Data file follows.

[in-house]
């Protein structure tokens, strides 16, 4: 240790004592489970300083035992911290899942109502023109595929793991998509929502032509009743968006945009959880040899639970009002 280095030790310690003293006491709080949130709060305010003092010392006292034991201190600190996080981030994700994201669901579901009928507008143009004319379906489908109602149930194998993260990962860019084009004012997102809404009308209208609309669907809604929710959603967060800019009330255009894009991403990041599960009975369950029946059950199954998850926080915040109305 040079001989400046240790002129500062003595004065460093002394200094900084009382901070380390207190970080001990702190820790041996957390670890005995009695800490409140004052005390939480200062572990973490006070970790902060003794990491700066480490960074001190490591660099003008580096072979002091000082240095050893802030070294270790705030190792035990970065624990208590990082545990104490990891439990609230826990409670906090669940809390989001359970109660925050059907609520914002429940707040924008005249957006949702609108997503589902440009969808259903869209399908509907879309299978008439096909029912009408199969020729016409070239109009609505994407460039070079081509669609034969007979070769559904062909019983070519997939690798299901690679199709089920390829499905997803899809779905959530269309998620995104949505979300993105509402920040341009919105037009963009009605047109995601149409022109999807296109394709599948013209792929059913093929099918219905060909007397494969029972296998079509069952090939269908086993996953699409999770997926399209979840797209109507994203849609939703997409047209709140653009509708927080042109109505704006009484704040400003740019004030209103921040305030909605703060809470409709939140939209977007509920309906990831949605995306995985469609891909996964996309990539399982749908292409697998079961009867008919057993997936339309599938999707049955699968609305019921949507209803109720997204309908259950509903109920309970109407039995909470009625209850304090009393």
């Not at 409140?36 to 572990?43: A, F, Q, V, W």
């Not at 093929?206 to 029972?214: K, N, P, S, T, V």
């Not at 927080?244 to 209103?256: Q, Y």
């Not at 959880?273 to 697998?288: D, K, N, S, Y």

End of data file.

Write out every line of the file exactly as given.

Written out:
[in-house]
């Protein structure tokens, strides 16, 4: 240790004592489970300083035992911290899942109502023109595929793991998509929502032509009743968006945009959880040899639970009002 280095030790310690003293006491709080949130709060305010003092010392006292034991201190600190996080981030994700994201669901579901009928507008143009004319379906489908109602149930194998993260990962860019084009004012997102809404009308209208609309669907809604929710959603967060800019009330255009894009991403990041599960009975369950029946059950199954998850926080915040109305 040079001989400046240790002129500062003595004065460093002394200094900084009382901070380390207190970080001990702190820790041996957390670890005995009695800490409140004052005390939480200062572990973490006070970790902060003794990491700066480490960074001190490591660099003008580096072979002091000082240095050893802030070294270790705030190792035990970065624990208590990082545990104490990891439990609230826990409670906090669940809390989001359970109660925050059907609520914002429940707040924008005249957006949702609108997503589902440009969808259903869209399908509907879309299978008439096909029912009408199969020729016409070239109009609505994407460039070079081509669609034969007979070769559904062909019983070519997939690798299901690679199709089920390829499905997803899809779905959530269309998620995104949505979300993105509402920040341009919105037009963009009605047109995601149409022109999807296109394709599948013209792929059913093929099918219905060909007397494969029972296998079509069952090939269908086993996953699409999770997926399209979840797209109507994203849609939703997409047209709140653009509708927080042109109505704006009484704040400003740019004030209103921040305030909605703060809470409709939140939209977007509920309906990831949605995306995985469609891909996964996309990539399982749908292409697998079961009867008919057993997936339309599938999707049955699968609305019921949507209803109720997204309908259950509903109920309970109407039995909470009625209850304090009393």
């Not at 409140?36 to 572990?43: A, F, Q, V, W």
């Not at 093929?206 to 029972?214: K, N, P, S, T, V």
């Not at 927080?244 to 209103?256: Q, Y």
């Not at 959880?273 to 697998?288: D, K, N, S, Y």